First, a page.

I grew up in Melbourne, a quiet little beach town on the east coast of Florida. My parents emigrated to the US from Cuba post-Fidel Castro in the early sixties, at a time when south Florida was gutted with Cuban refugees. Melbourne was the kind of town where you could ride your bike anywhere, and all the Cubans (all couple dozen or so families back then) all knew one another.
I went to Catholic school and did girl scouts and took ballet and fought with my sister Carmen. You could say I had a very typical all American upbringing, except for the fact that we ate things like arroz con pollo and frijoles negros, only spoke Spanish in our home, and had an Irish Terrier who answered to the name of Chico.
As a kid, I always loved to read, but I never dreamed of being a writer. I did however, love to tell stories. Not made-up stories, but if something funny or dramatic happened at school, I'd retell itadmittedly maybe embellishing a bitbut only of course, for dramatic effect. Fast forward a few years. I now live in Tallahassee, am married, have 3 kids and work part-time as a Labor and Delivery nurse (okay, maybe I've fast forwarded more than just a few years). I'm still telling the stories. Only now my stories weren't only about school, they were about anything that ever happened to me. Like the day I spent in jury selection, or the guy I accidentally ran into with my car (I swear I wasn't talking on my cell phone at the time). My life became material for anyone who would listen. Meanwhile, I kept reading. By now, I'd discovered romance. I couldn't get enough of it. One day at work, my friend Rhoda and I decided we would write a book together. That lasted about a day. But the idea stuck.
Then in the summer of 2002, my husband went to Israel on business. I took him to the airport, and as he kissed me goodbye, he asked what I planned to do with myself for 2 whole weeks without him (I have 3 kids, so only a man would ask this question). I replied, "I'm going to the pool everyday and I'm going to organize all the closets in the house!" He nodded in manly approval. I kissed him back and got in my car. I didn't get a mile down the road before I was hit with a lightning-rod epiphany. Organizing closets was the highlight of my life? Really?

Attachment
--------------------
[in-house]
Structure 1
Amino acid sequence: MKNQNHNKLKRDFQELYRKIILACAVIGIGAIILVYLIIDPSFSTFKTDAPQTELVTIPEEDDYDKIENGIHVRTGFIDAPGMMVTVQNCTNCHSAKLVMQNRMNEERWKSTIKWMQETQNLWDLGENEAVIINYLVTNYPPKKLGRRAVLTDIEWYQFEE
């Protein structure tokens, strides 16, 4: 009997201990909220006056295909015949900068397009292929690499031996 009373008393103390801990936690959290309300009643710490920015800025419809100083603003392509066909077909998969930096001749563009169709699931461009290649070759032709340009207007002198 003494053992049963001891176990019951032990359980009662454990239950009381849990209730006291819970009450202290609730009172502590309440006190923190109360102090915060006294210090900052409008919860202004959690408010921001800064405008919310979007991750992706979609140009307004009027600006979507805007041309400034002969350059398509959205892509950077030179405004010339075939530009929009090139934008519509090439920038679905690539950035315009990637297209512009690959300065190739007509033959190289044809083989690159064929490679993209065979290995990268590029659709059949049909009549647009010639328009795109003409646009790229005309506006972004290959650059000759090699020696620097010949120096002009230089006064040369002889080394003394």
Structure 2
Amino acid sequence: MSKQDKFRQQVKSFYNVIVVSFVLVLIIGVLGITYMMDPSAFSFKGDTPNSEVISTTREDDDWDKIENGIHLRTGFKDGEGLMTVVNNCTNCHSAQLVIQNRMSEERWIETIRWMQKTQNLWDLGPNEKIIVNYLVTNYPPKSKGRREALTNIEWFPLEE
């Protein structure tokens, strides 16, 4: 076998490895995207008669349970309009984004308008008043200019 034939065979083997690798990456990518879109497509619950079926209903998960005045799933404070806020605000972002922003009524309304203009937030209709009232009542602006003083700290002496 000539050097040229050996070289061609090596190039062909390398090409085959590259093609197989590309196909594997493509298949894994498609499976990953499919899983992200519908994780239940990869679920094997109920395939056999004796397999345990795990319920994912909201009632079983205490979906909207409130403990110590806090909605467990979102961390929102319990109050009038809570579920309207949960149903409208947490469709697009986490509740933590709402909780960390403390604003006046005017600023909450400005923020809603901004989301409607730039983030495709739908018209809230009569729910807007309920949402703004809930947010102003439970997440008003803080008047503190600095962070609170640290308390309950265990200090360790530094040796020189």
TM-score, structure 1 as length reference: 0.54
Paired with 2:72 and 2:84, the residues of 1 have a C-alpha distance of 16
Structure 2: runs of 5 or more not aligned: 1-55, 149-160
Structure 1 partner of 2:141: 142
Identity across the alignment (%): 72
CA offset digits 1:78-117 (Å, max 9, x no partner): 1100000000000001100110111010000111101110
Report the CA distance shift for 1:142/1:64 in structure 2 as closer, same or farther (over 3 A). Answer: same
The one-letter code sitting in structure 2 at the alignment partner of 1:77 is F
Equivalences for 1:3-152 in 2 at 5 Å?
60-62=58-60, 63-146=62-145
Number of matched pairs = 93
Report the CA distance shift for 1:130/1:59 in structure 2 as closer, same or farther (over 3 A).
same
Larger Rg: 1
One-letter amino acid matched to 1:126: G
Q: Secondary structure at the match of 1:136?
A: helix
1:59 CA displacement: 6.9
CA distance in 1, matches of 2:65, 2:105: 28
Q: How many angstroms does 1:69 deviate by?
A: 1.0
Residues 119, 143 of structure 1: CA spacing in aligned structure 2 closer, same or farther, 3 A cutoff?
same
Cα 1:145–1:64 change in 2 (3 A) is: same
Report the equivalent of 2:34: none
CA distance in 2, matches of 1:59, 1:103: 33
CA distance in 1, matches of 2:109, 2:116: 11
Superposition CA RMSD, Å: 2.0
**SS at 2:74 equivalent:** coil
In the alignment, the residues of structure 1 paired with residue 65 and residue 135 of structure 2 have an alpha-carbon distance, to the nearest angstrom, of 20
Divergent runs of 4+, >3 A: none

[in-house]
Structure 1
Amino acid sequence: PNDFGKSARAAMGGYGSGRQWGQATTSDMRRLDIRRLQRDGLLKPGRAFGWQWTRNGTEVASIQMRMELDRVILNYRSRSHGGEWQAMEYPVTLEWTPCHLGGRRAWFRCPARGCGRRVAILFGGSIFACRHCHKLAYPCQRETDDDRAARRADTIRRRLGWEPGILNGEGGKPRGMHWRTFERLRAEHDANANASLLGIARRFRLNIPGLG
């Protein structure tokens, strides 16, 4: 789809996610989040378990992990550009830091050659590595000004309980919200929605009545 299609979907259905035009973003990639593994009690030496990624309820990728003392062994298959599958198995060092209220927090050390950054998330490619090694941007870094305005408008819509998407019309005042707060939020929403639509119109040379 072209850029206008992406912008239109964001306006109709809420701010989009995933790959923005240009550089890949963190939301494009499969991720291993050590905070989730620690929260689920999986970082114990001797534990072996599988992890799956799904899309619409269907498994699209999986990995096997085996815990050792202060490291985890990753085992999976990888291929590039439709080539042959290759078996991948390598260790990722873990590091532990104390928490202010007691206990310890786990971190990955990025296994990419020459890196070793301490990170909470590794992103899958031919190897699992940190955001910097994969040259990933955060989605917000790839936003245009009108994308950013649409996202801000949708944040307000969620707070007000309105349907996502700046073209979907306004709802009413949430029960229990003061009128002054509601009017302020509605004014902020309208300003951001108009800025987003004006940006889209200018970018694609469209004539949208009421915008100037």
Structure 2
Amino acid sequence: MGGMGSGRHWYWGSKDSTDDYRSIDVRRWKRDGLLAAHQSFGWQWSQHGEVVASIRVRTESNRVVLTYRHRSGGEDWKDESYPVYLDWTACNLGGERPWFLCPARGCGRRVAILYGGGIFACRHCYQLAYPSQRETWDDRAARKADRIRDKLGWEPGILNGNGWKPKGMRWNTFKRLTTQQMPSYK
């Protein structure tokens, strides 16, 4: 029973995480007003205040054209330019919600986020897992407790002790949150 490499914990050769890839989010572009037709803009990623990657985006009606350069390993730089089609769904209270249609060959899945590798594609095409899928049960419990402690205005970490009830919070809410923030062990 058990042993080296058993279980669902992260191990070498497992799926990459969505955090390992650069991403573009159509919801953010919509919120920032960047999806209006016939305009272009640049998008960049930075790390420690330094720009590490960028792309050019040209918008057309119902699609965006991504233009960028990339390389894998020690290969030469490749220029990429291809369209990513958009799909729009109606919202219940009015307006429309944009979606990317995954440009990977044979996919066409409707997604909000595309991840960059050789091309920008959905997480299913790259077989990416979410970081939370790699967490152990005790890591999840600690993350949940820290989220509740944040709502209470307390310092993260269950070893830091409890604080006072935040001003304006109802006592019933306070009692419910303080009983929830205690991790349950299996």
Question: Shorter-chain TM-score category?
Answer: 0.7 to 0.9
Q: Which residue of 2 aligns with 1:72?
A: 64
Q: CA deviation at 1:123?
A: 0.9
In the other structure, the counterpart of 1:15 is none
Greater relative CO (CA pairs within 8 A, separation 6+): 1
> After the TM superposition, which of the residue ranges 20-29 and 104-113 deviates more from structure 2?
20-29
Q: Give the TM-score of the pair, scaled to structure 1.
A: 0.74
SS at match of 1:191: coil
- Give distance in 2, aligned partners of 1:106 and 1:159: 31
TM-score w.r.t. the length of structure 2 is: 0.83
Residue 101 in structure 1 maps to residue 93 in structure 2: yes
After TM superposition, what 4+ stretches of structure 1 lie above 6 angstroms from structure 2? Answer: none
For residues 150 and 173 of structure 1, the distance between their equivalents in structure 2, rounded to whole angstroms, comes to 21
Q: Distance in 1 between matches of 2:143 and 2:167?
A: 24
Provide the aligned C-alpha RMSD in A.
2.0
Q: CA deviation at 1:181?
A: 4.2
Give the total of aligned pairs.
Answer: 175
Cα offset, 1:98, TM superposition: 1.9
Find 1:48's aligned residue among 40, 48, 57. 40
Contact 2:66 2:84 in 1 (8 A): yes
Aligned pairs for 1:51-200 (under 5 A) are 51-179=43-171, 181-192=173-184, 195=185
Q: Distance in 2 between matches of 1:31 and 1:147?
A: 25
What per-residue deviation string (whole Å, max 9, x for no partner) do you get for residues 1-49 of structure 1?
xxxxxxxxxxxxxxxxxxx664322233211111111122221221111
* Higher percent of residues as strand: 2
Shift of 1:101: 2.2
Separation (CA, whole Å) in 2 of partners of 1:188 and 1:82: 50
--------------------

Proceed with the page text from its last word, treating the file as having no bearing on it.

I got home, fired up the old computer and began writing a novela historical romance titled "His Perfect Wife" (hmm... wonder where I got that idea from?) And so began my writing journey...Fast forward a few months. I discovered a wonderful organization called Romance Writers of America. At the time there was no local land chapter in Tallahassee, so I joined RWA Online, a virtual community that fast became my home away from home. It was there that I hooked up with my first critique partners who I truly credit with helping me learn the craft of writing.
I entered my work in contests and had some success. I queried a few agents and editors, but I wasn't getting great responses. Historicals were a hard sell, and mine didn't stand out enough in the crowd. So I started dabbling with contemporaries. I tried a first-person women's fiction manuscript, only to find out my plot fizzled out.
Then in the summer of 2005, while I was at the RWA Convention in Reno, I had another epiphany. I was at Circus, Circus with a group of friends eating dinner and I was wearing my lucky Bunco bracelet. I'd played Bunco once a month since 1992 and loved it. It was my girls' night out, my time away from the hubby and kids and the house and all the responsibilities of life. Playing Bunco for me was like finding a great novel. Pure escapismonly with Bunco you get to have your friends along for the ride. I looked at my bracelet and it was like "duh!" I knew then I had to write a book about a group of women who play Bunco. And I wanted it to be fun and romanticthe sort of book you'd take along to the beach and when you finished reading, you'd be smiling. I hope after reading my books, you agree.